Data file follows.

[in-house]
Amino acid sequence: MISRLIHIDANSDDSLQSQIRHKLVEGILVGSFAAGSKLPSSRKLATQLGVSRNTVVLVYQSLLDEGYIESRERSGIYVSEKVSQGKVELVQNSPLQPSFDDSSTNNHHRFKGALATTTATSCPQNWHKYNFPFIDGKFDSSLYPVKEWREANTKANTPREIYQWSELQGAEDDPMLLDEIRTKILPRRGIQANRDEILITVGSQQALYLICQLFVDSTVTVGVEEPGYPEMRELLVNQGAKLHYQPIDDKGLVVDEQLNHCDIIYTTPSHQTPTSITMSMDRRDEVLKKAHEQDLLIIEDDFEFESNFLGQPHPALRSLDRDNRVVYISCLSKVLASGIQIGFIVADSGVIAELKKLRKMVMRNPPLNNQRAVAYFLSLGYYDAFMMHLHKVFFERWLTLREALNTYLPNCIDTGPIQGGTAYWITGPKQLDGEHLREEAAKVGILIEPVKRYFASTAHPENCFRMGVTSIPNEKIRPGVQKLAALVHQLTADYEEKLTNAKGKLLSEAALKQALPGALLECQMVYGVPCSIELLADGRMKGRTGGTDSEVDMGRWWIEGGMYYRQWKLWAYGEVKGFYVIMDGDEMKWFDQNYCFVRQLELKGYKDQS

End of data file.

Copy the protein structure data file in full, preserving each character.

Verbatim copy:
[in-house]
Amino acid sequence: MISRLIHIDANSDDSLQSQIRHKLVEGILVGSFAAGSKLPSSRKLATQLGVSRNTVVLVYQSLLDEGYIESRERSGIYVSEKVSQGKVELVQNSPLQPSFDDSSTNNHHRFKGALATTTATSCPQNWHKYNFPFIDGKFDSSLYPVKEWREANTKANTPREIYQWSELQGAEDDPMLLDEIRTKILPRRGIQANRDEILITVGSQQALYLICQLFVDSTVTVGVEEPGYPEMRELLVNQGAKLHYQPIDDKGLVVDEQLNHCDIIYTTPSHQTPTSITMSMDRRDEVLKKAHEQDLLIIEDDFEFESNFLGQPHPALRSLDRDNRVVYISCLSKVLASGIQIGFIVADSGVIAELKKLRKMVMRNPPLNNQRAVAYFLSLGYYDAFMMHLHKVFFERWLTLREALNTYLPNCIDTGPIQGGTAYWITGPKQLDGEHLREEAAKVGILIEPVKRYFASTAHPENCFRMGVTSIPNEKIRPGVQKLAALVHQLTADYEEKLTNAKGKLLSEAALKQALPGALLECQMVYGVPCSIELLADGRMKGRTGGTDSEVDMGRWWIEGGMYYRQWKLWAYGEVKGFYVIMDGDEMKWFDQNYCFVRQLELKGYKDQS